What is KERS?
The acronym KERS stands for Kinetic Energy Recovery System. The device recovers the kinetic energy that is present in the waste heat created by the car’s braking process. It stores that energy and converts it into power that can be called upon to boost acceleration.
How does it work?
There are principally two types of system – battery (electrical) and flywheel (mechanical), although F1 teams have so far all opted for the battery system. Electrical systems use a motor-generator incorporated in the car’s transmission which converts mechanical energy into electrical energy and vice versa. Once the energy has been harnessed, it is stored in a battery and released when required.
Mechanical systems capture braking energy and use it to turn a small flywheel which can spin at up to 80,000 rpm. When extra power is required, the flywheel is connected to the car’s rear wheels. In contrast to an electrical KERS, the mechanical energy doesn’t change state and is, therefore, more efficient.
There is one other option available – hydraulic KERS, where braking energy is used to accumulate hydraulic pressure which is then sent to the wheels when required.
Table 1 Energy storage capacities depending on materials[/one_half]
Do the regulations place limitations on the use of KERS?
Currently, the regulations permit the systems to convey a maximum of 60kw (approximately 80bhp), while the storage capacity is limited to 400 kilojoules. This means that the 80bhp is available for anything up to 6.67s per laps, which can be released either all in one go or at different points around the circuit. Lap time benefits range from approximately 0.1 to 0.4s.
How is the stored energy released by the driver?
The regulations stipulate that the release must be completely under the driver’s control. There is a boost button on the steering wheel which can be pressed by the driver.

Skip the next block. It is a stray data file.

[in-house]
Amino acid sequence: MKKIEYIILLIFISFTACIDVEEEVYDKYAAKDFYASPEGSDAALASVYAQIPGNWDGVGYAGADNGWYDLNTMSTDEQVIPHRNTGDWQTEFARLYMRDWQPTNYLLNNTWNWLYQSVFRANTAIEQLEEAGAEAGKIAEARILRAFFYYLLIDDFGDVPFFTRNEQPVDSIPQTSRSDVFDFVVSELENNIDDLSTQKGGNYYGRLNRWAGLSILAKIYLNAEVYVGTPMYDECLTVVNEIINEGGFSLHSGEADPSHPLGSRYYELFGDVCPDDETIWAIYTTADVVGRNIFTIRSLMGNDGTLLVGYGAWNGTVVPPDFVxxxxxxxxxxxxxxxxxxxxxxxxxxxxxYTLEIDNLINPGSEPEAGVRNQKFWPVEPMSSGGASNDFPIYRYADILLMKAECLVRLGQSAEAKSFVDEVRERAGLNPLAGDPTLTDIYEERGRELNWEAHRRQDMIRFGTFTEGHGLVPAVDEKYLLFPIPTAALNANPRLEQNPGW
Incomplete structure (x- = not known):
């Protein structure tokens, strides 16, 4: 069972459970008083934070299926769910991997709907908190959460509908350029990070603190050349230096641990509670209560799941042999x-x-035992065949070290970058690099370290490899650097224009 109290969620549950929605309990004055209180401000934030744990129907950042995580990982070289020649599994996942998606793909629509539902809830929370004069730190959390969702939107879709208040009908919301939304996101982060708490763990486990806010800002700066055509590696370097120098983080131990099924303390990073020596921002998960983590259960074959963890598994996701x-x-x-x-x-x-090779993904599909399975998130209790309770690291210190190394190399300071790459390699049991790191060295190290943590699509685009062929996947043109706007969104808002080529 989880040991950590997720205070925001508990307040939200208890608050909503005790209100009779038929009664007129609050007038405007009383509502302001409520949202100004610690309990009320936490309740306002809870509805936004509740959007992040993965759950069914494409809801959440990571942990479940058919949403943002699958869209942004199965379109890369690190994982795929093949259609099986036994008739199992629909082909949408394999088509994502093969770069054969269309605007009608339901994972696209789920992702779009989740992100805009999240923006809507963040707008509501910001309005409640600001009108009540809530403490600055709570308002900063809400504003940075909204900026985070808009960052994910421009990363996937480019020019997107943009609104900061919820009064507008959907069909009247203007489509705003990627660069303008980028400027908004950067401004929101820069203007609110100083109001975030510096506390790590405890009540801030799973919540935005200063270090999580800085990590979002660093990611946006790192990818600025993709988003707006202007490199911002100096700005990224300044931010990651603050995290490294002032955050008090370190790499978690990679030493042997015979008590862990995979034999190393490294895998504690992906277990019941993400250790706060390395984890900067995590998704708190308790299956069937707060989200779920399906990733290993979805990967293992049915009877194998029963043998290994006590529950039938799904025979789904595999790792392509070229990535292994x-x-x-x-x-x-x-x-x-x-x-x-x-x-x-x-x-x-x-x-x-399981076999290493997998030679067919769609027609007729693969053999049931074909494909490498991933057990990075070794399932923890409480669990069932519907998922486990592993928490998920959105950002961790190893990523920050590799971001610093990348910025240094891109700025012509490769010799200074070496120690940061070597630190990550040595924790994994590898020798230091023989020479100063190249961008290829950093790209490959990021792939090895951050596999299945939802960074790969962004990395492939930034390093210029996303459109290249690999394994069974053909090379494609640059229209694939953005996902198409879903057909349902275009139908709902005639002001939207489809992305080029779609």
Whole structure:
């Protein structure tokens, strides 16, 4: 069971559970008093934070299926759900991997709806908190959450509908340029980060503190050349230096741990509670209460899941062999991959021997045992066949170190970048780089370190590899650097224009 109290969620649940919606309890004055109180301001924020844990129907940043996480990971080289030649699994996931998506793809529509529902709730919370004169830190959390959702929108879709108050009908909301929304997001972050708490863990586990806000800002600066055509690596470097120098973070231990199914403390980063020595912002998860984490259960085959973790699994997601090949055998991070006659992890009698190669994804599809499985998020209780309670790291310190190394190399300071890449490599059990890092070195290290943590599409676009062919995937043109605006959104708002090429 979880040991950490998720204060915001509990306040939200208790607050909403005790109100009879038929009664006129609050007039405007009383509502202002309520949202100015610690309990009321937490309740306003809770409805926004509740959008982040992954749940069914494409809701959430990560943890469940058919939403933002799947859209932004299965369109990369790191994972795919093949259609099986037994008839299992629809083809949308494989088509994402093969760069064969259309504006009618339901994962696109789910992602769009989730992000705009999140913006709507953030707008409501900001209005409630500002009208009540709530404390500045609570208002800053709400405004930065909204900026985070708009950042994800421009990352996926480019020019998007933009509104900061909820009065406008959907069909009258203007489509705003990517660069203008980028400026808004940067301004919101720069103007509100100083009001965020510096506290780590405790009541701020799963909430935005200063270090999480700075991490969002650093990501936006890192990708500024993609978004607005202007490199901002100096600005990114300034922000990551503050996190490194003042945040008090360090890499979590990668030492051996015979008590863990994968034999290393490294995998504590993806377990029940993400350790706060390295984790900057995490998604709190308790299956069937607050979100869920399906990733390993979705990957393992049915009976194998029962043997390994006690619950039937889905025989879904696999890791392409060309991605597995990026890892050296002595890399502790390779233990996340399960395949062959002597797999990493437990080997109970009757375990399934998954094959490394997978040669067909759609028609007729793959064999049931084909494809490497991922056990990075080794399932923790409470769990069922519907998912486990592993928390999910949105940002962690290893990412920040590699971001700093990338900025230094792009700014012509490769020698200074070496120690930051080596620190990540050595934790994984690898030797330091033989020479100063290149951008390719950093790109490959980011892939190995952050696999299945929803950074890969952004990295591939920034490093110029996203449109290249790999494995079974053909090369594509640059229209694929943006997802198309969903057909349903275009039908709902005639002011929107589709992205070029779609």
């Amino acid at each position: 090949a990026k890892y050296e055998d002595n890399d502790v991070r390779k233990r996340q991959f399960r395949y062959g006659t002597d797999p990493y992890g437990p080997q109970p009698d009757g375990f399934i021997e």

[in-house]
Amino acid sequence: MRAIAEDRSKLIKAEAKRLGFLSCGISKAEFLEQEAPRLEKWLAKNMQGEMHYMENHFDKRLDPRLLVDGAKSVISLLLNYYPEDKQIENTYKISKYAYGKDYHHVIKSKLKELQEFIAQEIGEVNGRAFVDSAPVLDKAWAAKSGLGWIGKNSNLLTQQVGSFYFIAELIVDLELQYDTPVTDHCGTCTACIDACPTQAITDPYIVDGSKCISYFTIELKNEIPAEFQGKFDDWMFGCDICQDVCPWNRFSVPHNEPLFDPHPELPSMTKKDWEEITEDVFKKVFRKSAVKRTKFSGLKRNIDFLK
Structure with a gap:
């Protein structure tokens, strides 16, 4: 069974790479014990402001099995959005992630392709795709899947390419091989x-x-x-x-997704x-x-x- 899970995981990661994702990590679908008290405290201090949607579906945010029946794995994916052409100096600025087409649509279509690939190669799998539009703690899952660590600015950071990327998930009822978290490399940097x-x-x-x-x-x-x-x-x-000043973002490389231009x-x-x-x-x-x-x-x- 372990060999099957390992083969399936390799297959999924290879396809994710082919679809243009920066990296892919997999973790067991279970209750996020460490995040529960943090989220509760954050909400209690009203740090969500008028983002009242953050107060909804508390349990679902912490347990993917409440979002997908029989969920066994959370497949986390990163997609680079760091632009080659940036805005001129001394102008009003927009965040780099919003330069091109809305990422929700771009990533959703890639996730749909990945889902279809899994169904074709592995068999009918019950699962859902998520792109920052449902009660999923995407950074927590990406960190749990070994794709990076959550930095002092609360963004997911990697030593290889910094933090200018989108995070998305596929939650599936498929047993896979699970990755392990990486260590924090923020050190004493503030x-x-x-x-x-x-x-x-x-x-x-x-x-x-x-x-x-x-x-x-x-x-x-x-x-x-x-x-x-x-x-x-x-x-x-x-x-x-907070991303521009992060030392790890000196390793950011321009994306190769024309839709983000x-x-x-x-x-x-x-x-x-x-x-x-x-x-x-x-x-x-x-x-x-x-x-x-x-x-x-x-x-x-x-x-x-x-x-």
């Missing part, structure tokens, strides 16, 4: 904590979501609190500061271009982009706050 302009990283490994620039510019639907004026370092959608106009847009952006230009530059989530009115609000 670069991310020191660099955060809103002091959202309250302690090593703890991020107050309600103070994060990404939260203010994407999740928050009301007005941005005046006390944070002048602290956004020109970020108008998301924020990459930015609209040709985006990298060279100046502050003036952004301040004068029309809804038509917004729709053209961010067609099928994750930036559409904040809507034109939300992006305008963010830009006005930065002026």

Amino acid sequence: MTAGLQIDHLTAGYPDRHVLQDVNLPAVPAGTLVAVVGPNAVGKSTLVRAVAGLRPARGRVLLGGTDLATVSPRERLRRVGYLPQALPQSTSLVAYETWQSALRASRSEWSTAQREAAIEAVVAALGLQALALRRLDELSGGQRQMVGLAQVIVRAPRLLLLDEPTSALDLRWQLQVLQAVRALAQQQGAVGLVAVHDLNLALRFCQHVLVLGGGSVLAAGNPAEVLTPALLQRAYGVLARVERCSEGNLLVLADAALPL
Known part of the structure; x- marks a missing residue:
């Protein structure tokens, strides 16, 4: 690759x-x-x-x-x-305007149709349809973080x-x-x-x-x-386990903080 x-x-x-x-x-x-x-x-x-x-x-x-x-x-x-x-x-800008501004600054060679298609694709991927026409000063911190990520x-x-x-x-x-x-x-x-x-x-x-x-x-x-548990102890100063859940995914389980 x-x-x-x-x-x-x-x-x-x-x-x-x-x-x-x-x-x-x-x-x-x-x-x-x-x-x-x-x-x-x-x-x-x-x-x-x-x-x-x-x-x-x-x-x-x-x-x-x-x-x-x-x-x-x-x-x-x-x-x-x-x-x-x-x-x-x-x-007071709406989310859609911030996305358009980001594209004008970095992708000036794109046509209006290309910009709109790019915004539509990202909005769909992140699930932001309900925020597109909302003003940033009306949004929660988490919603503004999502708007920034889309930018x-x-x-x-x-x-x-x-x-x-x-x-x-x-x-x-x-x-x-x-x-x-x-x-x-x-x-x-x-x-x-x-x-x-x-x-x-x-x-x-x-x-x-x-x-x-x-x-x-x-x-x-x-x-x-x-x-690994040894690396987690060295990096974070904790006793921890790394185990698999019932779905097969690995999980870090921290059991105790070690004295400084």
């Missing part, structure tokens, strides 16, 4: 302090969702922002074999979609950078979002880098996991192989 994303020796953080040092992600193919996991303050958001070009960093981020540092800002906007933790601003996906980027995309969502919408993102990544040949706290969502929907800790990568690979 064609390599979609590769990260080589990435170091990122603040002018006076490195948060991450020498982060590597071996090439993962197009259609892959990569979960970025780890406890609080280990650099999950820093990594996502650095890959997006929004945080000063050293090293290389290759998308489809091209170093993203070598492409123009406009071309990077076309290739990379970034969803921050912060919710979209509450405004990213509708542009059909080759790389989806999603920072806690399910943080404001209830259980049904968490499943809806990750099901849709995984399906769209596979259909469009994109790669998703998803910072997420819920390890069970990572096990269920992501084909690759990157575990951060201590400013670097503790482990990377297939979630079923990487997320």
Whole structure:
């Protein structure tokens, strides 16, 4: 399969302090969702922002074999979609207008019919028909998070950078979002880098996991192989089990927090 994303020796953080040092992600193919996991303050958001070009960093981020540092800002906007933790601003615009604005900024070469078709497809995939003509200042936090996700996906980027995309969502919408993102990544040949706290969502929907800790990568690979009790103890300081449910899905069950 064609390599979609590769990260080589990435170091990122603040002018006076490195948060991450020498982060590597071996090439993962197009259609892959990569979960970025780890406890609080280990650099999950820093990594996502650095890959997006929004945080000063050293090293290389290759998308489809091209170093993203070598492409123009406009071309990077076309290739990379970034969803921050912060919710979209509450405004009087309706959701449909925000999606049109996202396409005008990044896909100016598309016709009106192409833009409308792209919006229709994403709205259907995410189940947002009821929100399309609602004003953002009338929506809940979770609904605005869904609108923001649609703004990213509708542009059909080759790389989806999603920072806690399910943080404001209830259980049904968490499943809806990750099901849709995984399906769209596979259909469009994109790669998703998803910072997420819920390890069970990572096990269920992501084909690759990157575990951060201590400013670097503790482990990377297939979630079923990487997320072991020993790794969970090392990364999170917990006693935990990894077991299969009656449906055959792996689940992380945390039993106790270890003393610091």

Why was KERS introduced?
The aims are twofold. Firstly to promote the development of environmentally friendly and road car-relevant technologies in Formula One racing; and secondly to aid overtaking. A chasing driver can use his boost button to help him pass the car in front, while the leading driver can use his boost button to escape. In line with the regulations, there are limits on the device’s use and therefore tactics – when and where to use the KERS energy – come into play.
Is a car running KERS heavier than one which is not running the system?
No. A typical KERS system weighs around 35 kilograms. Formula One cars must weigh at least 640kg (including the driver), but traditionally teams build the car to be considerably lighter and then use up 70kg of ballast to bring it up to weight. This means that teams with KERS have less ballast to move around the car and hence have less freedom to vary their car’s weight distribution. Heavier drivers are at a particular disadvantage, an issue addressed by the raising of the minimum car weight for the 2011 season.
Do teams have to use it?
The use of KERS is not compulsory. Several teams used it during its introductory 2009 season. A gentlemen’s agreement between constructors then precluded its use in 2010, before its return in 2011.